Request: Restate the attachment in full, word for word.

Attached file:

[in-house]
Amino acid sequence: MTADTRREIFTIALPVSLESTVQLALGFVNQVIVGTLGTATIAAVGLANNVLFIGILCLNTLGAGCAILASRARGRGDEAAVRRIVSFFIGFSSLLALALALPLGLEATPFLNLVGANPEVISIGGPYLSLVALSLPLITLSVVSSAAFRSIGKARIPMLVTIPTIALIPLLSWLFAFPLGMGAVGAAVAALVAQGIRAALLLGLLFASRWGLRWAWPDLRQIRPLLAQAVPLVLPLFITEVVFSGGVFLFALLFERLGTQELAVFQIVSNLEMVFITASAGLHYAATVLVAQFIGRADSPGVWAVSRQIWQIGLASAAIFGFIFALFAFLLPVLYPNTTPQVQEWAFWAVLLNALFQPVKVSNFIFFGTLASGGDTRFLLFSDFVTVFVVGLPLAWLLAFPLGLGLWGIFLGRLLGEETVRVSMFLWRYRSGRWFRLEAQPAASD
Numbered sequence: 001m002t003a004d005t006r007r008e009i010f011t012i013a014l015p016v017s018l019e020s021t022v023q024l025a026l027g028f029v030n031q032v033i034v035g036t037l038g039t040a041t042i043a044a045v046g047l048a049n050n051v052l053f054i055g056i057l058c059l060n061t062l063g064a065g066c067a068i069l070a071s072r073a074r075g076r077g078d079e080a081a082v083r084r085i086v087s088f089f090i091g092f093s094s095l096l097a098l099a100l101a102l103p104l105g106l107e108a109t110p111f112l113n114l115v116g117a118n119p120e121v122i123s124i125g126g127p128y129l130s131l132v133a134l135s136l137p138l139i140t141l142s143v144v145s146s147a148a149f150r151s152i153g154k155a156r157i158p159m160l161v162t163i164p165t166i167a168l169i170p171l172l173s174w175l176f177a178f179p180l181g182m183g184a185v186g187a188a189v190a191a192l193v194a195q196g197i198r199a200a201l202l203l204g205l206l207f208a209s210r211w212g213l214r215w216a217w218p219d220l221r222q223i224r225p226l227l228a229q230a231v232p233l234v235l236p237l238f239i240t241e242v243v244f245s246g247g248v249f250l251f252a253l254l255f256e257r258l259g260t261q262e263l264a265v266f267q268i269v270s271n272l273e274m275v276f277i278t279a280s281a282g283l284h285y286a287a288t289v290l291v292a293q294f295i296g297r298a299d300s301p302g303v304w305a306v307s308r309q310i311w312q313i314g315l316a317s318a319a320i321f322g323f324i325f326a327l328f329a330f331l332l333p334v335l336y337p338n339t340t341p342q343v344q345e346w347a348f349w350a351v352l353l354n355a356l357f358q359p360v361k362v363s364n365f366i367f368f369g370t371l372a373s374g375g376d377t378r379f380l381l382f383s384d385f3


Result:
[in-house]
Amino acid sequence: MTADTRREIFTIALPVSLESTVQLALGFVNQVIVGTLGTATIAAVGLANNVLFIGILCLNTLGAGCAILASRARGRGDEAAVRRIVSFFIGFSSLLALALALPLGLEATPFLNLVGANPEVISIGGPYLSLVALSLPLITLSVVSSAAFRSIGKARIPMLVTIPTIALIPLLSWLFAFPLGMGAVGAAVAALVAQGIRAALLLGLLFASRWGLRWAWPDLRQIRPLLAQAVPLVLPLFITEVVFSGGVFLFALLFERLGTQELAVFQIVSNLEMVFITASAGLHYAATVLVAQFIGRADSPGVWAVSRQIWQIGLASAAIFGFIFALFAFLLPVLYPNTTPQVQEWAFWAVLLNALFQPVKVSNFIFFGTLASGGDTRFLLFSDFVTVFVVGLPLAWLLAFPLGLGLWGIFLGRLLGEETVRVSMFLWRYRSGRWFRLEAQPAASD
Numbered sequence: 001m002t003a004d005t006r007r008e009i010f011t012i013a014l015p016v017s018l019e020s021t022v023q024l025a026l027g028f029v030n031q032v033i034v035g036t037l038g039t040a041t042i043a044a045v046g047l048a049n050n051v052l053f054i055g056i057l058c059l060n061t062l063g064a065g066c067a068i069l070a071s072r073a074r075g076r077g078d079e080a081a082v083r084r085i086v087s088f089f090i091g092f093s094s095l096l097a098l099a100l101a102l103p104l105g106l107e108a109t110p111f112l113n114l115v116g117a118n119p120e121v122i123s124i125g126g127p128y129l130s131l132v133a134l135s136l137p138l139i140t141l142s143v144v145s146s147a148a149f150r151s152i153g154k155a156r157i158p159m160l161v162t163i164p165t166i167a168l169i170p171l172l173s174w175l176f177a178f179p180l181g182m183g184a185v186g187a188a189v190a191a192l193v194a195q196g197i198r199a200a201l202l203l204g205l206l207f208a209s210r211w212g213l214r215w216a217w218p219d220l221r222q223i224r225p226l227l228a229q230a231v232p233l234v235l236p237l238f239i240t241e242v243v244f245s246g247g248v249f250l251f252a253l254l255f256e257r258l259g260t261q262e263l264a265v266f267q268i269v270s271n272l273e274m275v276f277i278t279a280s281a282g283l284h285y286a287a288t289v290l291v292a293q294f295i296g297r298a299d300s301p302g303v304w305a306v307s308r309q310i311w312q313i314g315l316a317s318a319a320i321f322g323f324i325f326a327l328f329a330f331l332l333p334v335l336y337p338n339t340t341p342q343v344q345e346w347a348f349w350a351v352l353l354n355a356l357f358q359p360v361k362v363s364n365f366i367f368f369g370t371l372a373s374g375g376d377t378r379f380l381l382f383s384d385f3